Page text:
Send to

Choose Destination
Am Heart J. 1992 Nov;124(5):1305-13.

Isovolumic relaxation time varies predictably with its time constant and aortic and left atrial pressures: implications for the noninvasive evaluation of ventricular relaxation.

Author information

Noninvasive Cardiac Laboratory, Massachusetts General Hospital, Boston.


The isovolumic relaxation time (IVRT) is an important noninvasive index of left ventricular diastolic function. Despite its widespread use, however, the IVRT has not been related analytically to invasive parameters of ventricular function. Establishing such a relationship would make the IVRT more useful by itself and perhaps allow it to be combined more precisely with other noninvasive parameters of ventricular filling. The purpose of this study was to validate such a quantitative relationship. Assuming isovolumic relaxation to be a monoexponential decay of ventricular pressure (pv) to a zero-pressure asymptote, it was postulated that the time interval from aortic valve closure (when pv = p(o)) until mitral valve opening (when pv = left atrial pressure, pA) would be given analytically by IVRT = tau[log(p(o))-log(pA)], where tau is the time constant of isovolumic relaxation and log is to the base e. To test this hypothesis we analyzed data from six canine experiments in which ventricular preload and afterload were controlled nonpharmacologically. In addition, tau was adjusted with the use of beta-adrenergic blockade and calcium infusion, as well as with hypothermia. In each experiment data were collected before and after the surgical formation of mitral stenosis, performed to permit the study of a wide range of left atrial pressures. High-fidelity left atrial, left ventricular, and aortic root pressures were digitized, the IVRT was measured from the aortic dicrotic notch until the left atrioventricular pressure crossover point, and tau was calculated by nonlinear least-squares regression.(ABSTRACT TRUNCATED AT 250 WORDS).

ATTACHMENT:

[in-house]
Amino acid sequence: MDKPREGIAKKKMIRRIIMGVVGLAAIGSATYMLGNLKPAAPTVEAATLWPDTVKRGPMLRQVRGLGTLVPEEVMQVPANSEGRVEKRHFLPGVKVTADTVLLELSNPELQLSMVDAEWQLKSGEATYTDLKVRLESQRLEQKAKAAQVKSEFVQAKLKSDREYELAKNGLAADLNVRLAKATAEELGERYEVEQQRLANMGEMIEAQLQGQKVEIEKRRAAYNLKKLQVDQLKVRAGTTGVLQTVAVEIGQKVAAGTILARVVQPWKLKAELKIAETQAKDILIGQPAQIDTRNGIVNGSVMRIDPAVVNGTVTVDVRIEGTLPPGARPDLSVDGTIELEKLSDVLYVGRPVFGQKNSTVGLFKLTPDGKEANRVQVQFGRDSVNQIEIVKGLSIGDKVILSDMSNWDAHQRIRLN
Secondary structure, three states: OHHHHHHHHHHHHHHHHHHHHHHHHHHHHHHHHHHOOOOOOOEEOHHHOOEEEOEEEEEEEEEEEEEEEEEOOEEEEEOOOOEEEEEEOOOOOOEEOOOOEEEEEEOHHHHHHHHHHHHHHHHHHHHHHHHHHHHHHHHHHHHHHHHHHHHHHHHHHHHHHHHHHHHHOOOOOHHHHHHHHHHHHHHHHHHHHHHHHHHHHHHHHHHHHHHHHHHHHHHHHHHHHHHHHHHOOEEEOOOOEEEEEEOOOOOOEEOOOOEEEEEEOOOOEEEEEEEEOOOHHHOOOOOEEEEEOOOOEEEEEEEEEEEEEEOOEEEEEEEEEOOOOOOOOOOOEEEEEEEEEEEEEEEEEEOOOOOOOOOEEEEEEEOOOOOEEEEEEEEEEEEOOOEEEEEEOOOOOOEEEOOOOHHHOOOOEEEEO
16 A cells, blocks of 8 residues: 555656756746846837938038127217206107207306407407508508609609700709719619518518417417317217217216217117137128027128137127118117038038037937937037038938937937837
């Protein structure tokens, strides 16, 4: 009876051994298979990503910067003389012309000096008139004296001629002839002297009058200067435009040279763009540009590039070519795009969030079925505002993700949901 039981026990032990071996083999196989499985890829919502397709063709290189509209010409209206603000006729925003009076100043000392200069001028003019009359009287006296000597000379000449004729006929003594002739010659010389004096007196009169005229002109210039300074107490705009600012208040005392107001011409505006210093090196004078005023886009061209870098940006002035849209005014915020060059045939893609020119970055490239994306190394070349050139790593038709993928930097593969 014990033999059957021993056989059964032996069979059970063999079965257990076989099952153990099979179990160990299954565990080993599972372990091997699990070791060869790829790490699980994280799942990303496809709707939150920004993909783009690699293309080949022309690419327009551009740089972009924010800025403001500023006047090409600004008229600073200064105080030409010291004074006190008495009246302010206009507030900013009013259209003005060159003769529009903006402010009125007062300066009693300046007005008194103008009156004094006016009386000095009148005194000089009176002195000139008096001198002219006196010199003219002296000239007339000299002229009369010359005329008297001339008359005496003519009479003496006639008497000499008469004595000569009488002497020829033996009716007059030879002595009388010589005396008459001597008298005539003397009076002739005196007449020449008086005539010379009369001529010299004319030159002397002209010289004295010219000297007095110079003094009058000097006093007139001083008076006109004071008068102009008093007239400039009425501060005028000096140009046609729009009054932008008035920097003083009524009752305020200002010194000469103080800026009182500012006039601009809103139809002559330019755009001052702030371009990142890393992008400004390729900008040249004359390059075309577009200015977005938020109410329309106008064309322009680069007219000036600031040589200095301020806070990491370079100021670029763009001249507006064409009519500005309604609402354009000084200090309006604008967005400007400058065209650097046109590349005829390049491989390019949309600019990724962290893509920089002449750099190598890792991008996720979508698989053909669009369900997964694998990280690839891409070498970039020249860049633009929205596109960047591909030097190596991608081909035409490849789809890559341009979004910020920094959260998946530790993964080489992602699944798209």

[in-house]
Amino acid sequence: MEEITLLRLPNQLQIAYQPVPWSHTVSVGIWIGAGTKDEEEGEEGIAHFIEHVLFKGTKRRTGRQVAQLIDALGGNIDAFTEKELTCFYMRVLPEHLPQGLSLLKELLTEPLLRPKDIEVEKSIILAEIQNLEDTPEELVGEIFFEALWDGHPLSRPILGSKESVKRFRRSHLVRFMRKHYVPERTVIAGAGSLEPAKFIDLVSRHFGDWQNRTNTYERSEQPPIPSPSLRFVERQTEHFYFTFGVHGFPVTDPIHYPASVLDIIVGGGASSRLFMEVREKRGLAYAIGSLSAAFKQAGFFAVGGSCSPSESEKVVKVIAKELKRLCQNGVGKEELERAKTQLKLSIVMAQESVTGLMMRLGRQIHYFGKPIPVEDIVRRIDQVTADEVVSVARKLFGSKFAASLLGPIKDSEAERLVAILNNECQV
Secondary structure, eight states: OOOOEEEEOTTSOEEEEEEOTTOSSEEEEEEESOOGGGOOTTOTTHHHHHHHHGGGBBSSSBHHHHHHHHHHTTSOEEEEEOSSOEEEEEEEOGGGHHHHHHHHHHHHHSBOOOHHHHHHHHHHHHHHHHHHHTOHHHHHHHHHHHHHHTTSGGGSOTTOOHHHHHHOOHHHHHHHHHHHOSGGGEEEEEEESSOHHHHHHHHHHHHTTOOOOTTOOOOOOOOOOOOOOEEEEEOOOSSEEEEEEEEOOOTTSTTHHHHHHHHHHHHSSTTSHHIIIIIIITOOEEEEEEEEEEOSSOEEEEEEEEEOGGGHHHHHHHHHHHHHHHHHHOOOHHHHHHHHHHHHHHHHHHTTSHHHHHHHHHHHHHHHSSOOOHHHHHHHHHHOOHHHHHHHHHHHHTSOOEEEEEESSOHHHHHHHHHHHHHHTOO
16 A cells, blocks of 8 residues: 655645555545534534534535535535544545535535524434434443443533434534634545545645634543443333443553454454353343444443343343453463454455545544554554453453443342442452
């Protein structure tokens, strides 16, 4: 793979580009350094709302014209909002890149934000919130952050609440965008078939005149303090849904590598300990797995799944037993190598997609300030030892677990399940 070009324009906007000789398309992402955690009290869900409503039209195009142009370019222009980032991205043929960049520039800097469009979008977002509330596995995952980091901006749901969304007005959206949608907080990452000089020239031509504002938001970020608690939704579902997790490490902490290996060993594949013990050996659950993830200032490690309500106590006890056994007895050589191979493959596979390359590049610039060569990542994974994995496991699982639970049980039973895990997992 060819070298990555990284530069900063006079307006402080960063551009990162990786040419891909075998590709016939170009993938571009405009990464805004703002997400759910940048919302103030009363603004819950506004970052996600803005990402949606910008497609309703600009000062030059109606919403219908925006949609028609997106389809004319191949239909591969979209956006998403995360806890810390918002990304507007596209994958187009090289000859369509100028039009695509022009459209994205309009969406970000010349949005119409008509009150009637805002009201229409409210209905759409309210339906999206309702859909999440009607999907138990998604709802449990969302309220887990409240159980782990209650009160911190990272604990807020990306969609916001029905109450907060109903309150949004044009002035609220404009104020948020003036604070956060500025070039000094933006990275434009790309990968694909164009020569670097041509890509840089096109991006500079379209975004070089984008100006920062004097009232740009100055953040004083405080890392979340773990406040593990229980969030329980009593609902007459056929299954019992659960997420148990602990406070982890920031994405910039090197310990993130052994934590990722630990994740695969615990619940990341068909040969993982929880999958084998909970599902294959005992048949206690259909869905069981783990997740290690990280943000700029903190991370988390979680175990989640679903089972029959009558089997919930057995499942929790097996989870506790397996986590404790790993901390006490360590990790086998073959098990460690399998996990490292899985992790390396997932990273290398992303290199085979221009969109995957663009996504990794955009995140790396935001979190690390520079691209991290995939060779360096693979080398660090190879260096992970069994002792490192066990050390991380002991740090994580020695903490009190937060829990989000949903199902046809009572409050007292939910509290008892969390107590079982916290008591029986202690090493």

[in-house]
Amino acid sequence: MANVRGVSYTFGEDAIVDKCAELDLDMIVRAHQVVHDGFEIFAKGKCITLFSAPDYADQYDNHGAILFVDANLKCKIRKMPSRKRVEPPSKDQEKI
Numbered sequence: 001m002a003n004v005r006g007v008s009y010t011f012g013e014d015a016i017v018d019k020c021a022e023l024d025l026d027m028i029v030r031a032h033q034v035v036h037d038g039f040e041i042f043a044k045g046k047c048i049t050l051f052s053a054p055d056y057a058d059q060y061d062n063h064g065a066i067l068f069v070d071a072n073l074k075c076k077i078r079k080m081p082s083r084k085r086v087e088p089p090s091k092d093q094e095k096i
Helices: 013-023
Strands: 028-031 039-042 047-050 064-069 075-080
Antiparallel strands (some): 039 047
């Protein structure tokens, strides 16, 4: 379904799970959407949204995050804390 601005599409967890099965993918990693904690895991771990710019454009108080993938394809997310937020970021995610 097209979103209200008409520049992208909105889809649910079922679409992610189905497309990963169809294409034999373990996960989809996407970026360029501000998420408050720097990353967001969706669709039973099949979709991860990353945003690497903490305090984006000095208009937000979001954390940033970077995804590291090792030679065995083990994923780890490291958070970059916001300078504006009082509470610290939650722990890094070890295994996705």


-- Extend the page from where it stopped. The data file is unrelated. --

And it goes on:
[Indexed for MEDLINE]

Supplemental Content

Full text links

Icon for Elsevier Science
Loading ...
Support Center